By Kent Gray at Royal Birkdale
Jordan Spieth’s journey to the Claret Jug took him seriously off-piste Sunday and even after it was all done, there wasn’t an out of bounds to be found.

After the clutch comeback that followed his great bogey escape from the giant dunes in the (very) rough proximity of Royal Birkdale’s 13th fairway, via the bonce of an unsuspecting spectator and a lengthy detour through the club-manufacturers’ lorries parked on the surprisingly in-bounds practice range, Spieth allowed us to go orienteering through his mind. It was a frank and fascinating insight into the psyche of a complex 23-year-old on the precipice of true greatness, as compelling as his golf had been other worldly over the final six holes.

There is vulnerability within, as witnessed early on the final afternoon of the 146th Open Championship when Spieth inexplicably allowed a three shot overnight lead to vanish within four holes in a blaze of yanked drives and pushed or pulled putts. Neither is he immune to genuine anxiety as was so visibly apparent on 13 as he reeled away, hands in head, at the horror of a big blocked tee shot he’d just sent sailing a good 70 yards off line.

Later came a snapshot of the ambition, expectation and ego that allowed the Texan to somehow regroup from a disastrous opening 12 holes and that tee shot to become the youngest Champion Golfer-of-the-Year since Seve Ballesteros in 1979, and the first man to post all four rounds in the 60s at Birkdale (65-69-65-69) for a record -12, 268 aggregate (eclipsing Ian Baker-Finch’s 272 total in 1991).

Very rarely do professional golfers, much less a (now) three-time major champion with a tough-as-old cowboy boots “closer” reputation to protect, allow access into the deeper recesses.

“I thought before the round, I have a reputation as being able to close, but I was hesitant in saying ‘majors’, to myself, because there was a lot of…I put a lot of pressure on myself unfortunately, and not on purpose, before the round today, just thinking this is the best opportunity that I’ve had since the 2016 Masters,” Spieth revealed, rewinding minds to Augusta National two Aprils ago where a watery quadruple bogey 7 at Rae’s Creek got in the way of a second Green Jacket and first exposed the fallibility within every golfer.

“And if it weren’t to go my way today, then all I’m going to be questioned about and thought about and murmured about is in comparison to that, and that adds a lot of pressure.”

The inexplicable start, his trusty Scotty Cameron blade suddenly failing him from short range, didn’t help any. “After four holes it was even more so. I wasn’t questioning myself as a closer, but I was questioning why I couldn’t just perform the shots that I was before.

“Sometimes you just can’t really figure it out, put your finger on it. Am I pulling it? Pushing it? Am I doing both? What’s going on with the [putting] stroke? It’s just searching. And during the round today I definitely thought while any kind of fear or advantage that you can have in this moment and over other individuals [longer term], not just Matt Kuchar today, but other people that are watching, that’s being taken away by the way that I’m playing right now. And that was really tough to swallow.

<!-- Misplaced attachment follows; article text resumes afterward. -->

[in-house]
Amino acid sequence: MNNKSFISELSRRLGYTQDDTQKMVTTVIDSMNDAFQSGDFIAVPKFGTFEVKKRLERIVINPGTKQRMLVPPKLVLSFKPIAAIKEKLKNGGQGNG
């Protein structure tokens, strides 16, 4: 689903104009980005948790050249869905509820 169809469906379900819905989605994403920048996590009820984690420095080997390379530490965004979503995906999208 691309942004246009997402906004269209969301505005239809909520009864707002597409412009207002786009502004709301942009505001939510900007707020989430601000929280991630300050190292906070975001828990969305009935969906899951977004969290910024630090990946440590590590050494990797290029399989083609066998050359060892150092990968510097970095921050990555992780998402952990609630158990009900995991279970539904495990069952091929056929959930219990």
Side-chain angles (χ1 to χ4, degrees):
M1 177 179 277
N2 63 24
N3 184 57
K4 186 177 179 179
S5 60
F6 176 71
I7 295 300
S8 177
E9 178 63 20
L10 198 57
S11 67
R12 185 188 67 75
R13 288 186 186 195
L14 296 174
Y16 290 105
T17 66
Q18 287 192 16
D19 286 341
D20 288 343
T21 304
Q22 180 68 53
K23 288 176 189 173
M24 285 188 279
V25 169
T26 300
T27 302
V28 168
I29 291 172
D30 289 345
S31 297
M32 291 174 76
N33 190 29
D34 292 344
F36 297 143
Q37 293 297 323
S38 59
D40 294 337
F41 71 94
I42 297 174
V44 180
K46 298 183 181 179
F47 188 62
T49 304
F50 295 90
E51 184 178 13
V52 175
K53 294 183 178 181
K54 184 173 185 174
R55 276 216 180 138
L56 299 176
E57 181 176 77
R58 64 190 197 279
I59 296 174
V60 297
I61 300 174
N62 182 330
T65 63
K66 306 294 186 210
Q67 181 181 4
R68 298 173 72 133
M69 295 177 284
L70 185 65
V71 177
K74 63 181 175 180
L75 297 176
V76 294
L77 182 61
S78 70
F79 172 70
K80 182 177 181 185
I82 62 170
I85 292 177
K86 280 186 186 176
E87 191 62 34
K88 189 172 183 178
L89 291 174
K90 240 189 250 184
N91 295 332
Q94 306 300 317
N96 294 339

“That kind of stuff goes into your head. I mean, we walked for two minutes, three minutes in between shots. And you can’t just go blank. You wish you could, but thoughts creep in.”

It’s fair to surmise Kuchar and co. now know Spieth can bring the fear from anywhere and at anytime.

Kuchar brought far more than his trademark awe-shucks demeanour to the the wholly unexpected final round duel (given the control Spieth had displayed from tee to green through 54 holes) and  stood on the 14th tee with a one shot lead. By the time he departed the 17th green, having negotiated the four hole stretch in two under himself, he was two behind.

Spieth’s birdie, eagle, birdie, birdie “burst” in the same stretch of holes was the stuff of Open legend, golf theatre that even Golf Digest’s learnered Jaime Diaz, a man whose seen his share of major magic, rates beyond modern compare.

The near ace on 14 from 201 yards, the unfathomable 48-foot eagle putt up and down dale and up again on 15 with its “pick that up” exclamation mark/command to bagman Michael Greller. The 30-foot, dead-weight birdie bomb on 16 and the skipped wedge-eight footer on 17 for another gain that ensured he could savour the greatest walk in golf up 18.

“It was impressive stuff and when someone does something like that, you just have to tip your cap and say well done,” Kuchar, so magnanimous in defeat, would say.

Before the lazered 6 iron on 14 came the great escape at 13 where Spieth kept a cool head in the chaos and cleverly used The Rules of Golf to his advantage as they have always been intended to be. The chunked-pushed 3-iron that he hit back over the dunes, just shy of 22 minutes after he took the unplayable, was a smart play as it kept him short of a pot bunker guarding the front of the green. The resulting up and down was arguably the defining moment of the championship.